Engineered Mutations in Bacterial Rhodopsin Allow Light-Stimulated Molecule to Transport Cesium; Pump Proteins May Be Used to Speed Up Decontamination Efforts for Fukushima Nuclear Disaster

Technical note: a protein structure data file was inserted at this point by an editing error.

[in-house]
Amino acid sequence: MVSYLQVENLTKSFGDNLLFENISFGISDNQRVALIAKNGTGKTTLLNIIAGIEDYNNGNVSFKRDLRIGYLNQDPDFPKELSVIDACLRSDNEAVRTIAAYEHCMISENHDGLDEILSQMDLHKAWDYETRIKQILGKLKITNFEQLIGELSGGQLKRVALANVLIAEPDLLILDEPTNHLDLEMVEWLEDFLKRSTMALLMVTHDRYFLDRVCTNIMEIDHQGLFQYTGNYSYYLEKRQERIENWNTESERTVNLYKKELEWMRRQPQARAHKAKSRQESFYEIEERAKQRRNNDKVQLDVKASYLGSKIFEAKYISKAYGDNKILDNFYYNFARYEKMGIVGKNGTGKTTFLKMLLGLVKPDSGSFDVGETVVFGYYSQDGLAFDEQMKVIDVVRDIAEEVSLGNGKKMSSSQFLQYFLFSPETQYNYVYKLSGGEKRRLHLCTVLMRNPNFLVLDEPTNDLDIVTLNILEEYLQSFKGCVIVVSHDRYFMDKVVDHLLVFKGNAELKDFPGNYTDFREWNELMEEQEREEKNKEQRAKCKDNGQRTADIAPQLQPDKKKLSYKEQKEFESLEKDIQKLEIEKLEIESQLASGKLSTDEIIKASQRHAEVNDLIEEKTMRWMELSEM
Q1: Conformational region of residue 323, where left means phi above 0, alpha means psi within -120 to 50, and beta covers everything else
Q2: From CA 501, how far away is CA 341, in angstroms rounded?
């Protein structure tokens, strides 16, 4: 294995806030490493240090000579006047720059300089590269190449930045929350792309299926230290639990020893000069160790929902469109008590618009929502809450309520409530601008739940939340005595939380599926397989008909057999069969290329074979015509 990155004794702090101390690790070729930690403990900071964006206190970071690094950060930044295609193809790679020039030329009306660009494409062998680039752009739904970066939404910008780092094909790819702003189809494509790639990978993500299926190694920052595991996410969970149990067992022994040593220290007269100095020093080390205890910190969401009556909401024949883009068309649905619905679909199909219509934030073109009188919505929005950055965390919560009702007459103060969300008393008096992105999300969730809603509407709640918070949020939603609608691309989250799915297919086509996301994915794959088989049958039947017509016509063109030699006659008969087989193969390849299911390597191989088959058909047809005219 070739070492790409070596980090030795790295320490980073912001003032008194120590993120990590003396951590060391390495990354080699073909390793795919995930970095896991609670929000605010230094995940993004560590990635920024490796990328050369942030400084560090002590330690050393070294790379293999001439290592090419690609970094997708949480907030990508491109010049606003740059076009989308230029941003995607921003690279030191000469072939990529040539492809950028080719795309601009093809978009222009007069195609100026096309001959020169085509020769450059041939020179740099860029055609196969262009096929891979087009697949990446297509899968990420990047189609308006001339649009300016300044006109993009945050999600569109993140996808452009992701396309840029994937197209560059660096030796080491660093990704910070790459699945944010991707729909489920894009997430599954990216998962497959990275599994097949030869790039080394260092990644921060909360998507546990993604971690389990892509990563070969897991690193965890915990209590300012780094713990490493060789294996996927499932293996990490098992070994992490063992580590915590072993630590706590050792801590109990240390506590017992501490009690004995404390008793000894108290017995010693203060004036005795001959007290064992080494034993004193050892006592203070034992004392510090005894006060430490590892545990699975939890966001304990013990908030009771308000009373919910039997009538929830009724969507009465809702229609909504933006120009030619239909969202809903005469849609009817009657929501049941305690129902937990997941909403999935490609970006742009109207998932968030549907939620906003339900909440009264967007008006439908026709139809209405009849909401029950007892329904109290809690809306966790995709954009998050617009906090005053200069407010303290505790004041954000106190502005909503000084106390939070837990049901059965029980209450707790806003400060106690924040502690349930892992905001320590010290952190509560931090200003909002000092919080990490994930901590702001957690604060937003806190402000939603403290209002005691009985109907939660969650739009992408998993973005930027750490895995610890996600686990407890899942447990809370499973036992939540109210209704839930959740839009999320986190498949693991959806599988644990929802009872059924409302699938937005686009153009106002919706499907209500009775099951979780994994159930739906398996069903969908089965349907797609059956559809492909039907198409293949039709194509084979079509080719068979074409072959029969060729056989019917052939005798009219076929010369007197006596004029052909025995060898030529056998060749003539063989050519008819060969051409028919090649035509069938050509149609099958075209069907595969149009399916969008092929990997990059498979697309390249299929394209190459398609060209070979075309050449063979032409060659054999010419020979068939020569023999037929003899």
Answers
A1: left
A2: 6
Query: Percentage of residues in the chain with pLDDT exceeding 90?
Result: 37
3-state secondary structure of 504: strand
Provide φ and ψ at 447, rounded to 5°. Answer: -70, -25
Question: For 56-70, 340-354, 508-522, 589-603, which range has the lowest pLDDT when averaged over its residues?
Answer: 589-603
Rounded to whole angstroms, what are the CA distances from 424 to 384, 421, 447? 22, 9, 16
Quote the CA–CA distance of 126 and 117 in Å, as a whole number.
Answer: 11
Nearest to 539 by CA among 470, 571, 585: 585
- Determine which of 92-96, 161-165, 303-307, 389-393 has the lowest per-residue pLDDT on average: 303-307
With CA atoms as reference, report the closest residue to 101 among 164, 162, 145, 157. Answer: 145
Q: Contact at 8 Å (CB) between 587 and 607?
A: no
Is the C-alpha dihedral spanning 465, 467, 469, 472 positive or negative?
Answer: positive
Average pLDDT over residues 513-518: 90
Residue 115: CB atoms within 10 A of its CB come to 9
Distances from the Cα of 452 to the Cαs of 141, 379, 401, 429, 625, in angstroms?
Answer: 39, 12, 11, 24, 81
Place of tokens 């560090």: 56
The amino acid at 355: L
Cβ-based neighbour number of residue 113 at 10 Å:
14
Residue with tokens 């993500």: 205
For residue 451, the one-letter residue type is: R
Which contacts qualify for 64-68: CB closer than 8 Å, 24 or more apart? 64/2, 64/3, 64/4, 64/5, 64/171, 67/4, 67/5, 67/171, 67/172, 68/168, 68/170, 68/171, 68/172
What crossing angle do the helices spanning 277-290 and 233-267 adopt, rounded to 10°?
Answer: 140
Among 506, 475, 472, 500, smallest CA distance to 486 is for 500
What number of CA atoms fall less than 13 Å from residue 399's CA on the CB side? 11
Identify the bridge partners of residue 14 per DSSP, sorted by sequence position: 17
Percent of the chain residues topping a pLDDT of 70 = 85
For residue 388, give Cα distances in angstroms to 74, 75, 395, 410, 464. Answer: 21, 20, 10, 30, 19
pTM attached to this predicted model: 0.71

A novel cesium-transporting bacterial pump developed by researchers at the Nagoya Institute of Technology (NITech), with colleagues at the University of Tokyo, may prove beneficial in radioactivity decontamination efforts. These findings were reported online on December 14, 2015 in The Journal of Physical Chemistry Letters. The article is titled “Mutant of a Light-Driven Sodium Ion Pump Can Transport Cesium Ions.” The research team successfully induced a molecular pump found in bacteria to transport cesium. The process simply requires the presence of light to make it function. The finding could pave the way for a new means of extracting cesium from the environment, potentially speeding up decontamination efforts following the radioactive fallout from the Fukushima Daiichi nuclear disaster in 2011. This work focused on rhodopsins, which are light-activated molecules found in the human eye, as well as in bacteria. Rhodopsins have been found capable of pumping anions or cations into or out of cells, respectively--activity important for maintaining various cell functions. In the new study, the research team worked on a rhodopsin from a marine bacterium, which normally pumps sodium, as well as lithium, across the cell membrane. Earlier studies had identified the particular building blocks within the middle of this pump that are vital for it to transport only those ions it is meant to transport. Subsequent works applied this information to induce the pumping of potassium instead of sodium. Further progress along this line of study has now led to production of a cesium pump. This is a major breakthrough as no light-driven cesium pumps have been found in nature.
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